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Иностранные языки Fire Company and Company Officer
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Ranks

In the United States helmet colors often denote a firefighter's rank or position. In general, white helmets denote chief officers, while red helmets denote company officers, but the specific meaning of a helmet's color or style varies from region to region and department to department. The rank of an officer in the U.S. fire service is most commonly denoted by one (lieutenant) to five (fire chief) bugles.

In contrast, most fire brigades in Commonwealth countries have a more 'civilianized' nomenclature, traditionally structured in this manner:

· Firefighter

· Leading Firefighter

· Sub Officer(equivalent to a US Lieutenant)

· Station Officer

· Divisional Officer

· Chief Fire Officer (equivalent to a US fire Chief, and likewise wears a white helmet).

The various grades of Divisional Officers and CFOs are indicated by one or more impellers on their epaulettes or the collar of their firefighting uniform, as opposed to the bugle insignia used in the USA.

Why Are Firefighters So Special?

What makes firefighters so special? Why do firefighters knowingly and willingly take part in some of the most hazardous activities outside of military battle? The do so because for the most part, firefighters are dedicated, caring, motivated, and sincere people. Today’s firefighter responds to emergencies of every type: medical emergencies, auto extrications, swift water rescues, high-angle rope operations, hazardous materials incidents, confined space rescues, and, of course, fires. Firefighters have their hands into everything and no matter when they are called, or to what type of emergency they respond, they have to be on top of the game. There is no room for doing things half right when their own lives and the lives of those they protect hang in the balance.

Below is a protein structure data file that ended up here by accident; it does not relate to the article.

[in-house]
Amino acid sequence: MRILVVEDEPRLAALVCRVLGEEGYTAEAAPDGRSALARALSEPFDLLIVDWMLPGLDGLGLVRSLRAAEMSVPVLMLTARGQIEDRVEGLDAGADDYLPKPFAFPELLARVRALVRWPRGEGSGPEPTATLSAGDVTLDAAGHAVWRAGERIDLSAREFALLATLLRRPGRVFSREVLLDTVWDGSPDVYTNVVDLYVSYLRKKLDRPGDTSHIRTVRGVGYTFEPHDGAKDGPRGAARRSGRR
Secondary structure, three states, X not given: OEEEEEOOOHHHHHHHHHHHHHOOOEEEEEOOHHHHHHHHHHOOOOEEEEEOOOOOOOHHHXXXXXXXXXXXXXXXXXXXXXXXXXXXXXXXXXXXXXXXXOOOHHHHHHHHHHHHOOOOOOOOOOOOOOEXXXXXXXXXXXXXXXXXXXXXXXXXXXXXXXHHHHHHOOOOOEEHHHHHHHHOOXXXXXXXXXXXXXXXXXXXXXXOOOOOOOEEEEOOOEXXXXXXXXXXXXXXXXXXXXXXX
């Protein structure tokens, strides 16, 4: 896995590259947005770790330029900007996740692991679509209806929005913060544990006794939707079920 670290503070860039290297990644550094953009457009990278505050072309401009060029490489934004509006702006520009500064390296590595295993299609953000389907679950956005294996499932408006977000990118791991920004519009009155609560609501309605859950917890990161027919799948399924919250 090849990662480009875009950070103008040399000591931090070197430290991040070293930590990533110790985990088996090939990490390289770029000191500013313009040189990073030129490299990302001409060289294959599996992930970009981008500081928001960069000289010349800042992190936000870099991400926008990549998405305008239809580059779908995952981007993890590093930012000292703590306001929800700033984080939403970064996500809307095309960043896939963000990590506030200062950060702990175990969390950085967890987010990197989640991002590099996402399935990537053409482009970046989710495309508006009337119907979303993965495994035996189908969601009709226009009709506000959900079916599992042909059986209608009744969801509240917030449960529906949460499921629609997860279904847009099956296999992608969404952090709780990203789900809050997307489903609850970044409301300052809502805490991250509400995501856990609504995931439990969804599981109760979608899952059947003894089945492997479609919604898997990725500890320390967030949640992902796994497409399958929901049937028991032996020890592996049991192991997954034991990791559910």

So just how do firefighters stay current and prepared? – With education and training! Maintaining current skills and developing new ones is the most important activity for firefighters today. Basic skills, such as staying low while searching a burning building and knowing exactly when and how to perform ventilation, as well as new skills, such as confined space tactics and hazardous materials duties, all must be studied, practiced, and refined.

The Fire Service:

Somewhere, lost in the ancient past, is the name of the very first firefighter. That person was probably thrust into the job of fighting fire out of sheer desperation, to protect himself, his family, or his possessions. It was a courageous act then, and it has remained a courageous act as the fire problem has passed from those obscure ancient events to the streets of small towns and villages, suburban cities, metropolitan areas, airports, harbors, marinas, and wildlands, all of which are protected by contemporary firefighters.

The fire service contains a great deal of tradition. These traditions are often in conflict with the needs of the fire service to change constantly in order to keep up with the task of combating fire in a modern society. The job of being a firefighter today is very much different from the past, but practically everything the fire service does to protect its citizens is rooted in events from the past.

The fire service of today is a direct result of an evolution in the methodology, technology, and responsibility of a fire service that has been vital to communities since the beginning of civilization.